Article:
All-day K was factored into the second year of the last two-year spending cycle, the biennium, at $147 million. Which means that in the upcoming biennium, the actual cost of statewide full-day kindergarten is slightly more than twice as much, or $337 million.

The same is true of a bump in special education reimbursement — still nowhere in the ballpark of the actual cost — made in the second year of the last cycle, and other increases. Expenditures subject to this biennial increase will total $844 million, plus the cost of growth in the number of students in Minnesota schools.

“That’s how you get to $1 billion without adding any new money,” says Heidemann.

Effects of universal pre-K

The third issue, he adds, is that the governor’s proposed budget would direct nearly $350 million to universal pre-K for 2016-2017. “He’s putting money in early childhood and not recognizing what it costs to maintain what we currently have,” says Heidemann. “It doesn’t make sense for me to add 70 classrooms if I have to raise class sizes to 40.”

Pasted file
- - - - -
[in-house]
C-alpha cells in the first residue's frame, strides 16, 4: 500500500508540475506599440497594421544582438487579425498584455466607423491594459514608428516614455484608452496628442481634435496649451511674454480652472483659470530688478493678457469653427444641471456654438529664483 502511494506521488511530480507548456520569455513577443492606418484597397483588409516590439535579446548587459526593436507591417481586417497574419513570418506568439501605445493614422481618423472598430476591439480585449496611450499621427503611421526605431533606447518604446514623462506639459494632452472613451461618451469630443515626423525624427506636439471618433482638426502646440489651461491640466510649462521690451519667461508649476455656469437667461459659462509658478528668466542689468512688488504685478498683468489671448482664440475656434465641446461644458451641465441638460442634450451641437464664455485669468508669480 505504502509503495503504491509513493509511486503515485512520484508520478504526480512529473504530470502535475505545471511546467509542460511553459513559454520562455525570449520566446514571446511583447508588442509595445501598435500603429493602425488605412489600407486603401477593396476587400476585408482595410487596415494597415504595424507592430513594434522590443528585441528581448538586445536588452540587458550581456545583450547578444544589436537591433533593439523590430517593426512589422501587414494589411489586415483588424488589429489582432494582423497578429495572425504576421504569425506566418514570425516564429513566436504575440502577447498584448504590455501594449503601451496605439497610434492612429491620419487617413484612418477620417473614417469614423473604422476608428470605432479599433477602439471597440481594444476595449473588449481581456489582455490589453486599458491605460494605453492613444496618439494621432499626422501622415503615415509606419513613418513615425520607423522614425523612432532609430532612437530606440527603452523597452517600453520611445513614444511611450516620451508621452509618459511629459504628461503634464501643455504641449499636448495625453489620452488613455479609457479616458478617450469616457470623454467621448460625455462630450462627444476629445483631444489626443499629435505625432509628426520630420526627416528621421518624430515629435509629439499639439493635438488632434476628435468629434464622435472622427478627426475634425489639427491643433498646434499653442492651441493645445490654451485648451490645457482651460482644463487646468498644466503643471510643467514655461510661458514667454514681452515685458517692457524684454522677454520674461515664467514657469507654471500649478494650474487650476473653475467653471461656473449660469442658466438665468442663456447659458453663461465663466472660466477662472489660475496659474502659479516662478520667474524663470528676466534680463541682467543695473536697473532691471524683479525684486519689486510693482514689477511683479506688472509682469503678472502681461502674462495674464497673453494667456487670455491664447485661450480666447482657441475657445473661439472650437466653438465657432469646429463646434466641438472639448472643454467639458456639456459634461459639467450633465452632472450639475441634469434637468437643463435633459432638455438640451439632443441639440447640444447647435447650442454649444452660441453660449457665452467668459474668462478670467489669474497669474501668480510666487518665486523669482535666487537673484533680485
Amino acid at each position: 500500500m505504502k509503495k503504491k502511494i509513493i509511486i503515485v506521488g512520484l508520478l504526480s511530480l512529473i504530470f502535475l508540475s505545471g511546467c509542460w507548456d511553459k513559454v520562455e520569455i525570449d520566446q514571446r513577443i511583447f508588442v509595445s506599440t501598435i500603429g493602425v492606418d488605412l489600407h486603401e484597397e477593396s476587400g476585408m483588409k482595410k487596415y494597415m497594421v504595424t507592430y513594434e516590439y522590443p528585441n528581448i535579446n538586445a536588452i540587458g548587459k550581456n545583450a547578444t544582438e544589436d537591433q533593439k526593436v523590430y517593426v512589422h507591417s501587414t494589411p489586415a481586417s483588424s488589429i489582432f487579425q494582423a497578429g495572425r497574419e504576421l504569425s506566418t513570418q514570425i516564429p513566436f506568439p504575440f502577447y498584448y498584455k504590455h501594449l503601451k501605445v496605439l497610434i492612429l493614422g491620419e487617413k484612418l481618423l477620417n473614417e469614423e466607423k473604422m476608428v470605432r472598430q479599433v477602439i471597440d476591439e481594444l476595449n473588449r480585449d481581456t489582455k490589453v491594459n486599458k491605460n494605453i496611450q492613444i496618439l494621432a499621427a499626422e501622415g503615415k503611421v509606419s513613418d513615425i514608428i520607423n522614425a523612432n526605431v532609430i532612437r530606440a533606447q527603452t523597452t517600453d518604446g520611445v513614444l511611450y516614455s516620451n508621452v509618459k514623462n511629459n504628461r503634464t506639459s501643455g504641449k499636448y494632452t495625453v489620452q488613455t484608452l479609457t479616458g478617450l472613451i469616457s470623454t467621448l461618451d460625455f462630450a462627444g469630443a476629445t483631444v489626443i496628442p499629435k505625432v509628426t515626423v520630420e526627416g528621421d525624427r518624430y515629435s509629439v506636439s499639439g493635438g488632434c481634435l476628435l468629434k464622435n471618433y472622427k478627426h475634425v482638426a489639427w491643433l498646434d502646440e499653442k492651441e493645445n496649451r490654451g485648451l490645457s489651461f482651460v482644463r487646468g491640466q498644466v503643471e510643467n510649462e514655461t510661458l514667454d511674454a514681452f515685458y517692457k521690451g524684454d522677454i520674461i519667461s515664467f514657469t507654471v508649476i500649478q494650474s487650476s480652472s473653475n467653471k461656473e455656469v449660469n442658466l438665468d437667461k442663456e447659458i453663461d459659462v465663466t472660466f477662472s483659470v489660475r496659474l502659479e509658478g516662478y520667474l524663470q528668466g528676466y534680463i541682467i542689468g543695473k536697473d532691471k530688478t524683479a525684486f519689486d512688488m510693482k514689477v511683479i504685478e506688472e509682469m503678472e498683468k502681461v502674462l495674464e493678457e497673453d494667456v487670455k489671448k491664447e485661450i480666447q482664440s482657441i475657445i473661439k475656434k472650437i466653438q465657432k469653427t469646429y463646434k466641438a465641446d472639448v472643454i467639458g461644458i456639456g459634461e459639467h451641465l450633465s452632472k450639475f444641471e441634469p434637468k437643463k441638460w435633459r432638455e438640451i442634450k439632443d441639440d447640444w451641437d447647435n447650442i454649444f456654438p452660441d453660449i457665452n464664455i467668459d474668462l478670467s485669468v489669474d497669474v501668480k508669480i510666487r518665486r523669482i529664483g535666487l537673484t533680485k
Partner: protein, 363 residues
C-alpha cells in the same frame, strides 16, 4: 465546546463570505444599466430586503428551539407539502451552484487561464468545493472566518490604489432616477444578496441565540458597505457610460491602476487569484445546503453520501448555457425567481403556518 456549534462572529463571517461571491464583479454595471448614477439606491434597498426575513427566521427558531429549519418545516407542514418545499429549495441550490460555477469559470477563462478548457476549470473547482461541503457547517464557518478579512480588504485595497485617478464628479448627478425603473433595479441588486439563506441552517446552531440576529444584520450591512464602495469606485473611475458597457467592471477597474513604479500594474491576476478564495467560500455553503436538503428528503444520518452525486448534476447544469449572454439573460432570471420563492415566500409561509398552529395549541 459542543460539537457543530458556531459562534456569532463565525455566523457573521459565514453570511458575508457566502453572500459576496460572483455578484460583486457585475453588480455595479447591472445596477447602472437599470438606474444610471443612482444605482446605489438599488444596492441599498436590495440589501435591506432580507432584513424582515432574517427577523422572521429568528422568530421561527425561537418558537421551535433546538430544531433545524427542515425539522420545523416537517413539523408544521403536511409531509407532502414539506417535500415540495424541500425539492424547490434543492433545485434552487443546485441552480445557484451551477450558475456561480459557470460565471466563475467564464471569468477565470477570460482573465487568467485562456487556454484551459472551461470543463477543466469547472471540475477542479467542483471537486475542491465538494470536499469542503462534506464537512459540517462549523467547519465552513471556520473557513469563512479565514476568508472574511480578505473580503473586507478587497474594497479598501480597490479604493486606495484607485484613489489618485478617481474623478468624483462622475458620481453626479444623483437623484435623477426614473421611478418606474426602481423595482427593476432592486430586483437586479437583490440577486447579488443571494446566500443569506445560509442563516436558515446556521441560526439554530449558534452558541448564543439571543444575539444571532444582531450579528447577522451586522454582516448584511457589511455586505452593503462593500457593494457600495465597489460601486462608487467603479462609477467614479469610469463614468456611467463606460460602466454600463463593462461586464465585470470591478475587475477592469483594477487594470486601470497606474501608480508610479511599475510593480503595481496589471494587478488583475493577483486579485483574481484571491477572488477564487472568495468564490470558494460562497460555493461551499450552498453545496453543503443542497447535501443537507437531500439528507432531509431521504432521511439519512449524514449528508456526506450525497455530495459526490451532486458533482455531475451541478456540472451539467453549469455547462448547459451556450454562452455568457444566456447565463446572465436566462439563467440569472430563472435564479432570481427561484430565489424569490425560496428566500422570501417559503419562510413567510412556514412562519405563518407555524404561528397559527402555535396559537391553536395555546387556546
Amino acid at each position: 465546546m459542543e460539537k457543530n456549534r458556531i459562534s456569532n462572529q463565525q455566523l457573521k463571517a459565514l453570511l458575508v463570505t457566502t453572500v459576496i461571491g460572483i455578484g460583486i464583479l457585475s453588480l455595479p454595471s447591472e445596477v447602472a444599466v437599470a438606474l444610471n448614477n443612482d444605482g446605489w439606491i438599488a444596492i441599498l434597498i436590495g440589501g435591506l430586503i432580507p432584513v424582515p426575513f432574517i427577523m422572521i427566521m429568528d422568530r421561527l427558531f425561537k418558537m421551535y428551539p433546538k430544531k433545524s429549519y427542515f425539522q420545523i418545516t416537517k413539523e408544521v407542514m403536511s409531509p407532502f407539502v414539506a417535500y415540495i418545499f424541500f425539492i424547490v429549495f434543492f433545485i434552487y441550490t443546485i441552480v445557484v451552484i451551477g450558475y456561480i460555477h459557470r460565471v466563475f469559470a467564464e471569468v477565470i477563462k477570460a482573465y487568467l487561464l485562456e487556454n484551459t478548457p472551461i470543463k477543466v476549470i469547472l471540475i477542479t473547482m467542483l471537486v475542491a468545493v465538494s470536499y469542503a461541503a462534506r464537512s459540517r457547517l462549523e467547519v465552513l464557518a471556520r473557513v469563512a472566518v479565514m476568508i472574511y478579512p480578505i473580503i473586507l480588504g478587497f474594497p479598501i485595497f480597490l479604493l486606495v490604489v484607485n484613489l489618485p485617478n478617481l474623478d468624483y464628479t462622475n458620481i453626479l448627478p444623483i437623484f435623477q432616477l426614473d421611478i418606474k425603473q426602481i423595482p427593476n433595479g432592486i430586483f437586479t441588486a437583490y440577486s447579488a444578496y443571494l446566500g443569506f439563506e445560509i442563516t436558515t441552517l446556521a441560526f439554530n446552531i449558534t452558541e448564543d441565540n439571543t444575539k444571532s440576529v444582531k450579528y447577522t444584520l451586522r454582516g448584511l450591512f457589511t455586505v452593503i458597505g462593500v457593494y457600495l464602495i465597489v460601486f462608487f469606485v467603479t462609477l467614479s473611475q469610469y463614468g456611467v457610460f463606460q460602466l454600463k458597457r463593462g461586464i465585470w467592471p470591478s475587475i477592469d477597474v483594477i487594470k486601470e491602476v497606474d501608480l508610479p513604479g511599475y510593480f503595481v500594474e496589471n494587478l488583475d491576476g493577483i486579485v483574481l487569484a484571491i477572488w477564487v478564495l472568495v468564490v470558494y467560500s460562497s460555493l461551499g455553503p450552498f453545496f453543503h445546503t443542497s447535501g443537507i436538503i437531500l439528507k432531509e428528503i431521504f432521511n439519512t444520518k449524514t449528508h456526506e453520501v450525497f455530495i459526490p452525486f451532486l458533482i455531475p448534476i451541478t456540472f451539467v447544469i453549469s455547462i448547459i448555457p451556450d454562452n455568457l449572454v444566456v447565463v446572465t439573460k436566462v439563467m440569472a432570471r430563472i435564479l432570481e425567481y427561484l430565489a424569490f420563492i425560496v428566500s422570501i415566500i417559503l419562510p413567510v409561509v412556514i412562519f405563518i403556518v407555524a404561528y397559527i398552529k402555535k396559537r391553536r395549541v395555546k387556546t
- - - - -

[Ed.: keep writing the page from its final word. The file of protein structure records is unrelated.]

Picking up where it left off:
Universal pre-K, he adds, is another of the items that will add to the sticker shock when “biennial accounting” is factored in. In the spending cycle that starts in two years the cost rises to some $900 million.

About half of the governor’s proposed budget goes to universal pre-K, notes Croonquist. “We are very supportive of that,” he says, “but we think we need to ramp up more slowly as classroom space is available, as licensed teachers are available and as parents want to send their kids.”

Supportive of much of the targeted spending

Likewise, AMSD  members are supportive of much of the rest of the targeted spending in the proposal, which includes another increase in special education reimbursement, free breakfast and an increase in counselors and other school support personnel. It just doesn’t make up for the lower increase on the general fund.

Because funding hasn’t kept up with inflation in more than a decade, Anoka-Hennepin made its first order of post-recession business to rebuild its reserve from 3 percent of its fund balance to 9 percent.

Layoff notices for teachers for next year must go out next week, at least a month before there will be any clarity on how much money the Legislature will appropriate. So the district will dip into the reserve to cover the first year’s shortfall.

After that? Heidemann points out that 55 percent of state and federal funding can be spent at the district’s discretion. The rest is targeted to particular programs or needs. And the biggest discretionary spending item is staff.